Commentary

Not quite a memoir, not quite a collection of essays, Maggie O’Farrell’s I Am, I Am, I Am is a group of personal narratives recounting the times when her life edged dangerously close to death. The subtitle, “Seventeen Brushes with Death,” is powerful in itself, but even more so when you read what she experienced.

Marginalia: Jojo Moyes

Feb 2, 2018

When Jojo Moyes wrote Me Before You in 2012, she wasn’t expecting to write a follow-up. But the unlikely heroine of that book, Louisa Clark, just wouldn’t leave her. So Moyes penned After You, which was published in 2015. Louisa Clark kept speaking to her, so Moyes wrote Still Me, which hit the shelves this week.

Jojo Moyes is on tour this week, but I caught up with her via phone to talk about the unplanned series, her research, and what she’s working on next. Here’s our conversation:

And here's the shorter commentary from on-air:

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Weston Townsley

Weston Townsley plays drums with Not Cops and The Somber Arrows. He is also a photographer and sous chef at Siena Tuscan Steakhouse.

The director Ernst Lubitsch said, “Any good movie is filled with secrets. If a director doesn’t leave anything unsaid, it’s a lousy movie.” It’s a good bet, then, that Lubitsch would have loved Paul Thomas Anderson’s new film, Phantom Thread, where what’s left unsaid is weaponized and turned into the artillery of a smoldering power struggle.

I attended the opening of Kansas painter William Counter’s exhibition last Friday night at City Arts. The show is entitled “Red Stripe” and is an explosive exhibition. The show beckons the viewer through the front door with great color and message. 

Weirdly, one of this country’s most popular musical events is a football game - the annual Super Bowl Halftime show. It gets ratings far higher than any concert broadcast - five times the viewers of the Grammy Awards. A sports tournament is not the ideal time and place for an artistic statement. But still it’s worth asking: can the halftime show be a good musical experience?

Jonathan Huber

Kansas was the 34th state admitted to the Union on January 29th, 1861. The Kauffman Museum, in North Newton, annually holds a Kansas Day celebration. KMUW’s Jonathan Huber paid a visit on Saturday and found demonstrations of statehood-era equipment and methods. Bandanas were tied into baskets, twine turned into rope, and a machine that removed kernels of corn off of the cob, and, of course, carriage rides.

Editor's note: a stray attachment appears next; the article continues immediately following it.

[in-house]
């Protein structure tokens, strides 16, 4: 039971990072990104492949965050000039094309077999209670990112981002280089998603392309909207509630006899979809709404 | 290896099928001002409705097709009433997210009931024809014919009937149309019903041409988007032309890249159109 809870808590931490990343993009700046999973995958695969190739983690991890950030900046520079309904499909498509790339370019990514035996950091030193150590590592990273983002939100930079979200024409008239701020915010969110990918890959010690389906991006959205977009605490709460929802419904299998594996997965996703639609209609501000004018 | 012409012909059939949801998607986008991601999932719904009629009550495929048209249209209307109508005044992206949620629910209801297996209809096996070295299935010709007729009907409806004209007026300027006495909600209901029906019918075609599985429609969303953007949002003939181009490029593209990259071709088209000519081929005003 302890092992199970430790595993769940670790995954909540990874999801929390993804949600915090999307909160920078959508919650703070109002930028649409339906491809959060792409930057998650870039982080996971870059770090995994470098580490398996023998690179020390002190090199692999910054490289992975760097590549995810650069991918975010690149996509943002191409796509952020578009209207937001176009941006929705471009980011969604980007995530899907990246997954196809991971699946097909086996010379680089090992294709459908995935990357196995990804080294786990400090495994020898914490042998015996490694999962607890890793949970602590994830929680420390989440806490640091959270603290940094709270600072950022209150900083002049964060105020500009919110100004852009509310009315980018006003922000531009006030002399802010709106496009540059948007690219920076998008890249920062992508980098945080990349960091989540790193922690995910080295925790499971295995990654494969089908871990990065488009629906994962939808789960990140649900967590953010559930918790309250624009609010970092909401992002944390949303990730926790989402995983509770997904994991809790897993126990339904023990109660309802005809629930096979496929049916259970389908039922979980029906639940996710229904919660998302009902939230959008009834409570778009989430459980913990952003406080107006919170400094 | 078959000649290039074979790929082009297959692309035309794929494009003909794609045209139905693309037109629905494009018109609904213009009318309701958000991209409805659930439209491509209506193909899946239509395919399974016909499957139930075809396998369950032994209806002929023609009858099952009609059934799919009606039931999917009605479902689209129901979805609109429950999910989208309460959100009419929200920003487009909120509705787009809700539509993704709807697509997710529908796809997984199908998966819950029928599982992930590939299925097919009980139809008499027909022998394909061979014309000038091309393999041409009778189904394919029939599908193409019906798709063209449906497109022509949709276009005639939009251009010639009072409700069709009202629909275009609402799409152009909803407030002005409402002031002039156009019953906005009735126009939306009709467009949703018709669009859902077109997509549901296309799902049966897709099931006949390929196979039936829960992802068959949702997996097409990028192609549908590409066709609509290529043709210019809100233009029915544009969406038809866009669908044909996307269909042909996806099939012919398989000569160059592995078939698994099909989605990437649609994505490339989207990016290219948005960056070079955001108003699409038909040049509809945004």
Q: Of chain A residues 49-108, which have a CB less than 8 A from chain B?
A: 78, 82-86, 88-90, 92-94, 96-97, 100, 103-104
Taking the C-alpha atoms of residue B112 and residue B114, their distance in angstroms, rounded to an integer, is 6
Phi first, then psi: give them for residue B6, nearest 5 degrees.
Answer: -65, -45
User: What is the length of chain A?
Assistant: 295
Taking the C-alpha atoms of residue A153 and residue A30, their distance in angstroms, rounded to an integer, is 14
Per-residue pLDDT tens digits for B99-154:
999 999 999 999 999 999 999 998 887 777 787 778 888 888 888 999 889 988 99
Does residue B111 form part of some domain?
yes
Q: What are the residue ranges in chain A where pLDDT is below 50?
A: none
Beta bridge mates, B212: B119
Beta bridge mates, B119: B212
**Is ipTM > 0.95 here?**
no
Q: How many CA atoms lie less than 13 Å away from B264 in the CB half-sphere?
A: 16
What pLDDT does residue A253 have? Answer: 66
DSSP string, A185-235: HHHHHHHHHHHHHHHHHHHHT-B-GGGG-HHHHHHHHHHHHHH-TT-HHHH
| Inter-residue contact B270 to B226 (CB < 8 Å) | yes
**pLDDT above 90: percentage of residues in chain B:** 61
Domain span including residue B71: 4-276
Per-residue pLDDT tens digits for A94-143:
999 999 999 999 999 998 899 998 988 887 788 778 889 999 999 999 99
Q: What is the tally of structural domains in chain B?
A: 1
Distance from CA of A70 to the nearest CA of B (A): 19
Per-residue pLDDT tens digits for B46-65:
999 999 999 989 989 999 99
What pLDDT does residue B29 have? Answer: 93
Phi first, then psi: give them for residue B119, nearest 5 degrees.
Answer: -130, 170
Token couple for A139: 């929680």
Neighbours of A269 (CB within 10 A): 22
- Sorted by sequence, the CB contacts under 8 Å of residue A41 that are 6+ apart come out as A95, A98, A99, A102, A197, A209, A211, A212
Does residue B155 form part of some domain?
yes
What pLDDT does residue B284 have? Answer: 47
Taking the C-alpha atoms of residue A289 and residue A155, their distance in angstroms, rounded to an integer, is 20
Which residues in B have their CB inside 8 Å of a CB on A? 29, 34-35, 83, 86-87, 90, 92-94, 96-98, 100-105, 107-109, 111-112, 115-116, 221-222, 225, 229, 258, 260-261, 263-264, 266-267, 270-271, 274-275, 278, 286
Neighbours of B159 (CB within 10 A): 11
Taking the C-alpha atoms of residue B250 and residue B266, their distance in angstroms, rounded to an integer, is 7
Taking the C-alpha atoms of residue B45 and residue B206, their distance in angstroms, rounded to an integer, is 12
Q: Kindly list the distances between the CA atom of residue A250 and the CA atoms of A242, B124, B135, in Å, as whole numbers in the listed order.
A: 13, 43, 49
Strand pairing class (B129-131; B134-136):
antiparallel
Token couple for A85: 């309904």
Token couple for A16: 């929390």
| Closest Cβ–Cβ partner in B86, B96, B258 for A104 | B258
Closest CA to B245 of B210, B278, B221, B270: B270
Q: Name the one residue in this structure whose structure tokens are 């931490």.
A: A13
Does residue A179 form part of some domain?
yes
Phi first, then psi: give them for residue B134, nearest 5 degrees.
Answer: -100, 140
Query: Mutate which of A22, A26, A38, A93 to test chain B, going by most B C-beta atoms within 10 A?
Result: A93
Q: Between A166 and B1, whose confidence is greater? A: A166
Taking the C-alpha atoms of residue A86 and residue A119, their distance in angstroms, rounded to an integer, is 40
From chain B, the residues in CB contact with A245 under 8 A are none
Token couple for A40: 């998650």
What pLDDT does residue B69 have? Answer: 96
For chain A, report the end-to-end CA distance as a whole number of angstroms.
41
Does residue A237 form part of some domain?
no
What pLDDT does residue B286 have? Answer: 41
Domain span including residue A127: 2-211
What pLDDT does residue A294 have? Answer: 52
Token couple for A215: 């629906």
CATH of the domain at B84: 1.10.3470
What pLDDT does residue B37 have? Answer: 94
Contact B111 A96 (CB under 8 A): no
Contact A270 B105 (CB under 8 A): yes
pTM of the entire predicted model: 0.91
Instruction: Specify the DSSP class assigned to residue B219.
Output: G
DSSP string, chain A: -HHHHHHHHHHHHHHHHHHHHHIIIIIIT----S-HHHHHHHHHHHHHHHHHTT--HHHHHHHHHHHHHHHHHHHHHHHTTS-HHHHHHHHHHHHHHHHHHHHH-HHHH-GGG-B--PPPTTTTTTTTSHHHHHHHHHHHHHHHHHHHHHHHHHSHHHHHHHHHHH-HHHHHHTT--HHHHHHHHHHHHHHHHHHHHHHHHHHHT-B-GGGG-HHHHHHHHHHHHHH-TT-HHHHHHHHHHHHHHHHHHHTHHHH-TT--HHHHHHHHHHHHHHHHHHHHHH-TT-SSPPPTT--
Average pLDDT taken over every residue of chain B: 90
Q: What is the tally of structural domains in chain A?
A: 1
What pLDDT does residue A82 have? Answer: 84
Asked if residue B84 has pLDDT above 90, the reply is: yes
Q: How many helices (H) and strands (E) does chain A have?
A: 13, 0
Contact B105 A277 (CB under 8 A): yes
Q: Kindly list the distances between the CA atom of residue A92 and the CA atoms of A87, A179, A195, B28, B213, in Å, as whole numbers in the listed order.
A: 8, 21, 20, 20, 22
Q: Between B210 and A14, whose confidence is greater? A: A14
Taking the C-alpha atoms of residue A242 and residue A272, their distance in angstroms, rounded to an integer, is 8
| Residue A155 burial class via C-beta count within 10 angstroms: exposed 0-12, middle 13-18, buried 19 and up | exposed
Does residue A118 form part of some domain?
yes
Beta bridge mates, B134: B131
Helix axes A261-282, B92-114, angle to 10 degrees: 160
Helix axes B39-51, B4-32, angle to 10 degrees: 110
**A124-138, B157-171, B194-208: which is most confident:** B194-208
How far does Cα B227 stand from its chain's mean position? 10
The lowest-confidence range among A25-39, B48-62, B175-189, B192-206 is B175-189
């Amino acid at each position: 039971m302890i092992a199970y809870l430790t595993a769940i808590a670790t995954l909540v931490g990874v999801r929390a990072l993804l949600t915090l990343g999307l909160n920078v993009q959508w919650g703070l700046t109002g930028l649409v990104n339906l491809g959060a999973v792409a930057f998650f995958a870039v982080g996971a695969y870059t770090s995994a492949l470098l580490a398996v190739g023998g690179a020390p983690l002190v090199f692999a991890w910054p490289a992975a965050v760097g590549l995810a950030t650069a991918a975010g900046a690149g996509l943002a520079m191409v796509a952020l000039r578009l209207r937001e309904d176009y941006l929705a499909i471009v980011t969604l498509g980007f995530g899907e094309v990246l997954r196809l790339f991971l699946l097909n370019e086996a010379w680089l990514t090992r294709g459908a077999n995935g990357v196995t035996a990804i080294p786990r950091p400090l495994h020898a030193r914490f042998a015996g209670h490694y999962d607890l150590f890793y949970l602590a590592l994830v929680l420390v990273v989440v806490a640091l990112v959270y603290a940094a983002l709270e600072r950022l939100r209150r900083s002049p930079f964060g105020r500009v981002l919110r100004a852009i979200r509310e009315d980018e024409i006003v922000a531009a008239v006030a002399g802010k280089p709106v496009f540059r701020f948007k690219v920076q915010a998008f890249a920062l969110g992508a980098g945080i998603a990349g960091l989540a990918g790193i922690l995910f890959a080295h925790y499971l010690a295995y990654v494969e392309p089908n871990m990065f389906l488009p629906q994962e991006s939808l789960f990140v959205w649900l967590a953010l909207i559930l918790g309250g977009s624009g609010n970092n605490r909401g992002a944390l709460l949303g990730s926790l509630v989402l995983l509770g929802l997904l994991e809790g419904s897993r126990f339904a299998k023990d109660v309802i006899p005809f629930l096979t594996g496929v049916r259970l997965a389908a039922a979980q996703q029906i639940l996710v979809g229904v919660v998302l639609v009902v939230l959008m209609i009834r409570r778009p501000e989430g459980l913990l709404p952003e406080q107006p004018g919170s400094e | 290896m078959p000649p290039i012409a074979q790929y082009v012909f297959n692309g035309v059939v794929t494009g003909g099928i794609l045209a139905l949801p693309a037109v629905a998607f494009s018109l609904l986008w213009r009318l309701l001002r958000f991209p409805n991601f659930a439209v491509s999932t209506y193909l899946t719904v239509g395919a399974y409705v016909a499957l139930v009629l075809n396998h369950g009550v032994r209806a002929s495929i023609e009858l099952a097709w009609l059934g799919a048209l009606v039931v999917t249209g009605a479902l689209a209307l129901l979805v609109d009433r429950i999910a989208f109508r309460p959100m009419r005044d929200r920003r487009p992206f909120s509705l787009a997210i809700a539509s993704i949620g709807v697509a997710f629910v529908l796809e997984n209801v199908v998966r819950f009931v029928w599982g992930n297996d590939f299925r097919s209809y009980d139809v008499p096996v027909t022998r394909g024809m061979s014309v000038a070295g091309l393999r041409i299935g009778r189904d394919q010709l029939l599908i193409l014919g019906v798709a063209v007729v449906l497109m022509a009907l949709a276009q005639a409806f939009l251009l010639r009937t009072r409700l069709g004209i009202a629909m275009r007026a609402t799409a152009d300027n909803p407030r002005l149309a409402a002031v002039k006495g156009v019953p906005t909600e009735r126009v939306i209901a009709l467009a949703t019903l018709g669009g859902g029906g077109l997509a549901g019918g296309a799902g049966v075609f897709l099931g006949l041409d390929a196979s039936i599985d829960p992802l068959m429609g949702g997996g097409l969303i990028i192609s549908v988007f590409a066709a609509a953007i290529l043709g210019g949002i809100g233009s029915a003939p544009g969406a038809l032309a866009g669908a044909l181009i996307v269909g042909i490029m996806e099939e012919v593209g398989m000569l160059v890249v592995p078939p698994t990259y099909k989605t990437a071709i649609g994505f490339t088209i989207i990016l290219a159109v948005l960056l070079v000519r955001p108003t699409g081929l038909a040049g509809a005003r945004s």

Brian Tamborello

Among the many critical perspectives that are useful in listening to and thinking about hip hop, two in particular are relevant to a lot of the music being produced recently: Afro-pessimism and Afrofuturism.

I Love You Because is a musical in two acts, reportedly inspired by Jane Austen's novel Pride and Prejudice, with music by Joshua Salzman and book and lyrics by Ryan Cunningham. The pair met while attending NYU as graduate students in musical theater writing, and began writing the songs for this show while they were still students.

Marginalia: Peter Heller

Jan 26, 2018
John Burcham

Peter Heller’s book, Celine, is a book about a private eye who is anything but typical. She’s 68 years old, part of the New York aristocracy, is highly educated, and her petite and sophisticated form can barely peer over a steering wheel. And she not entirely fictional. The character Celine is very much based on Peter Heller’s mother. 

The book was recently released in paperback, and I caught up with Heller to visit about the book, his mother, the writing process, and what’s next.  Here’s our conversation:     

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